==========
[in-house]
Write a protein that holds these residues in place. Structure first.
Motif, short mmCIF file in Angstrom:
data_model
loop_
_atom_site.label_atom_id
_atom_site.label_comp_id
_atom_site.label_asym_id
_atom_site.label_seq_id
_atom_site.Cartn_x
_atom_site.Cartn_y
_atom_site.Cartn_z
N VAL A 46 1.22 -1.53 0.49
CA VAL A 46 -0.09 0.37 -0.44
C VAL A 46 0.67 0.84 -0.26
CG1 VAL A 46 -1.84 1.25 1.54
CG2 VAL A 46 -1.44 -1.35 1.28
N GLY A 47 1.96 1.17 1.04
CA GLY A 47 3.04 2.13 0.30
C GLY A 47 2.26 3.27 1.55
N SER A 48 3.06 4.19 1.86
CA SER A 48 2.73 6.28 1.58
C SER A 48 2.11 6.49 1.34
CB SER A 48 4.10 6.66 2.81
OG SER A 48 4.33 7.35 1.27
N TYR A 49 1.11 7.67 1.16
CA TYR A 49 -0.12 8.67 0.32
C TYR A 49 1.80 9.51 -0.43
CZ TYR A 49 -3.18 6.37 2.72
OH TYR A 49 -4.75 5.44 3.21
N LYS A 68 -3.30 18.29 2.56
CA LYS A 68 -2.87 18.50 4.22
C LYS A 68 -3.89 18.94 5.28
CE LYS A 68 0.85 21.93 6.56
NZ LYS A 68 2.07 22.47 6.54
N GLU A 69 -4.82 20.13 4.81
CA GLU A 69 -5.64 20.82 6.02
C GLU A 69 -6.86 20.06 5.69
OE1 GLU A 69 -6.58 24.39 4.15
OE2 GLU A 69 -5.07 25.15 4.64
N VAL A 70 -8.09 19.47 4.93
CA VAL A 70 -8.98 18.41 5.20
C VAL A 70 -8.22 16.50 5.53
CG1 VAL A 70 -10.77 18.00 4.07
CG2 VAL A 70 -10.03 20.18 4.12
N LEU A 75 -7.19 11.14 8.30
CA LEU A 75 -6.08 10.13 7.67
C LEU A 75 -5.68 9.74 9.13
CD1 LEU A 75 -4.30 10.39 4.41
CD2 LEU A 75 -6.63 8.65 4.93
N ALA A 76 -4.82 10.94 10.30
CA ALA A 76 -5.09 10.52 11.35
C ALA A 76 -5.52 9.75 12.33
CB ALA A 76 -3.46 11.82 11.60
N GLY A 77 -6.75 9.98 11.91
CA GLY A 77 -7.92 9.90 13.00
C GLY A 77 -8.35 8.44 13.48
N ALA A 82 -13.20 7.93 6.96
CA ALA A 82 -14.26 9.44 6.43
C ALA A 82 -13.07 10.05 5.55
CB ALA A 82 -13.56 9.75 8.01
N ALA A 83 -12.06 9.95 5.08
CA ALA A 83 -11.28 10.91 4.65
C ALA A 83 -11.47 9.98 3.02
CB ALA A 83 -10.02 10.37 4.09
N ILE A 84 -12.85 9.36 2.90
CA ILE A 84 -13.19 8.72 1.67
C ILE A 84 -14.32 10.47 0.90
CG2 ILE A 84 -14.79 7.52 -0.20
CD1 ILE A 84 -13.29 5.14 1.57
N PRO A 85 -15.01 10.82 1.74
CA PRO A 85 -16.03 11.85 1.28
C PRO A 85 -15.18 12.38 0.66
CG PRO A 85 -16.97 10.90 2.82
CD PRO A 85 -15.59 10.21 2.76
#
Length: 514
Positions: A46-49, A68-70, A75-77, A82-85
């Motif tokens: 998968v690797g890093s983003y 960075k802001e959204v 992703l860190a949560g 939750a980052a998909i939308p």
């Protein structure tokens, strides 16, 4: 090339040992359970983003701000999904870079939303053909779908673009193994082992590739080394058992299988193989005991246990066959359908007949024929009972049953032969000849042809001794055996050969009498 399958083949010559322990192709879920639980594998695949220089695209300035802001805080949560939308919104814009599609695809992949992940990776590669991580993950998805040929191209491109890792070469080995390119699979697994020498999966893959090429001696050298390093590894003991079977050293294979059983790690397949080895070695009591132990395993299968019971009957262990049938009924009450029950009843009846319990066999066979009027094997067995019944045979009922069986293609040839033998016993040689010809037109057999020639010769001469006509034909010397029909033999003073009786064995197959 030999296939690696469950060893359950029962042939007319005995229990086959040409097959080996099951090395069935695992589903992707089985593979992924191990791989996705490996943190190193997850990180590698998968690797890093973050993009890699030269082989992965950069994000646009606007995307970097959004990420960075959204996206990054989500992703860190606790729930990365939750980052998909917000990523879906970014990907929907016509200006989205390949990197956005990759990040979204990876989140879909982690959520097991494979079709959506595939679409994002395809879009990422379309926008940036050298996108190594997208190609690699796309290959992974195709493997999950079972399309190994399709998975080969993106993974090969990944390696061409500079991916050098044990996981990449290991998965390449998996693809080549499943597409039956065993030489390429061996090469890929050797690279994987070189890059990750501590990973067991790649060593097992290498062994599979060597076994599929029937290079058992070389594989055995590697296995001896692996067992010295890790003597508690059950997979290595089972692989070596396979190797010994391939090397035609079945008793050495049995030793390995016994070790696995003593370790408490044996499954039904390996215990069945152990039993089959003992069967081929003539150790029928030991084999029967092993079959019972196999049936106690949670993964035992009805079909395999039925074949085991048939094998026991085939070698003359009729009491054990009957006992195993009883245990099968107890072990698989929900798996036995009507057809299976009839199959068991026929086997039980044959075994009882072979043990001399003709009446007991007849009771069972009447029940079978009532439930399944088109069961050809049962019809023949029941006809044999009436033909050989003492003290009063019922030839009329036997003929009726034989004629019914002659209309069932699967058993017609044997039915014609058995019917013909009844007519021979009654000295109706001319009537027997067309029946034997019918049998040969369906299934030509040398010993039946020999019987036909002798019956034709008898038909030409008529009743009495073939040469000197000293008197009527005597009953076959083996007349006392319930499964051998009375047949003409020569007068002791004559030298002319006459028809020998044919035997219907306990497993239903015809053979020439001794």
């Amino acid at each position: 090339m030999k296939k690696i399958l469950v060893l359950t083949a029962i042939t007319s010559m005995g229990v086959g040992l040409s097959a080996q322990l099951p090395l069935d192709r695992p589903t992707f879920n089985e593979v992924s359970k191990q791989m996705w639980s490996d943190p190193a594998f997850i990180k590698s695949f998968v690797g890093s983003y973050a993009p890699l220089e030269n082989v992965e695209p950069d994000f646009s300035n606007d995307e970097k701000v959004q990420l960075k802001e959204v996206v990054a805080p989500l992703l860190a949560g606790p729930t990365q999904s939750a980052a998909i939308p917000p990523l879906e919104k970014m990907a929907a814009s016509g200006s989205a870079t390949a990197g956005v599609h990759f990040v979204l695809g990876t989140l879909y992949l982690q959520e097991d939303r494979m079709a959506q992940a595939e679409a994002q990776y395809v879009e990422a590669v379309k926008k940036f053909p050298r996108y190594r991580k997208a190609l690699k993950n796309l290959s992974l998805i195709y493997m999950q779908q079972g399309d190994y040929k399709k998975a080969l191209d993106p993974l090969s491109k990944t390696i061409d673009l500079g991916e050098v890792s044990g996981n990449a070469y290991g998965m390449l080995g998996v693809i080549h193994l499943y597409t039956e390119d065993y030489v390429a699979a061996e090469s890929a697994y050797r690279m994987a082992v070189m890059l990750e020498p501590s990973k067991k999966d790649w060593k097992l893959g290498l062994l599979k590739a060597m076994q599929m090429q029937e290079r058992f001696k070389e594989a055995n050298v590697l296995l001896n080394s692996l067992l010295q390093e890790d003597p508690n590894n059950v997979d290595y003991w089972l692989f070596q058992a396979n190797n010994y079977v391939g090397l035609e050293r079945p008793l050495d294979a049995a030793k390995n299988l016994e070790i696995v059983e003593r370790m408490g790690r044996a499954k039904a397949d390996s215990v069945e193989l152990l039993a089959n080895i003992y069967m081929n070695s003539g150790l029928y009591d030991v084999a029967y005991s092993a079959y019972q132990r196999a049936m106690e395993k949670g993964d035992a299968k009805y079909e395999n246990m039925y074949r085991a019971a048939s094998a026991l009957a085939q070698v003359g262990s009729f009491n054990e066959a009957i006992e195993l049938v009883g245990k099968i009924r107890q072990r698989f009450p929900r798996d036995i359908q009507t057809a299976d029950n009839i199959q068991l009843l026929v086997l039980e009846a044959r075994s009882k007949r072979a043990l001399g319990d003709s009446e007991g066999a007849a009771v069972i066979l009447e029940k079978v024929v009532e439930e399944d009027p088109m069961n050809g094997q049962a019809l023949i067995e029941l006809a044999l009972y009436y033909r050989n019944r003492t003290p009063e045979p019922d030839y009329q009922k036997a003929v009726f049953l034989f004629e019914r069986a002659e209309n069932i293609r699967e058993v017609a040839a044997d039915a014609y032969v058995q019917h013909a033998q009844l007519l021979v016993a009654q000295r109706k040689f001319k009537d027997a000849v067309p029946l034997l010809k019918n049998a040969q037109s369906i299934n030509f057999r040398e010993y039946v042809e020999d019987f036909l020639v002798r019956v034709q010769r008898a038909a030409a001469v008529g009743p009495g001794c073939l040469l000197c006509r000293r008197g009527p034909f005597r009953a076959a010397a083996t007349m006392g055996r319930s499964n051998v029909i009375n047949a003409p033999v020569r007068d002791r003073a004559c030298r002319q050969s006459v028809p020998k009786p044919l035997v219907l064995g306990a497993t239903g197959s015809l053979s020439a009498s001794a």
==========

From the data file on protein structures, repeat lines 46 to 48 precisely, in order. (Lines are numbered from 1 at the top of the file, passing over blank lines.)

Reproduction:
N LEU A 75 -7.19 11.14 8.30
CA LEU A 75 -6.08 10.13 7.67
C LEU A 75 -5.68 9.74 9.13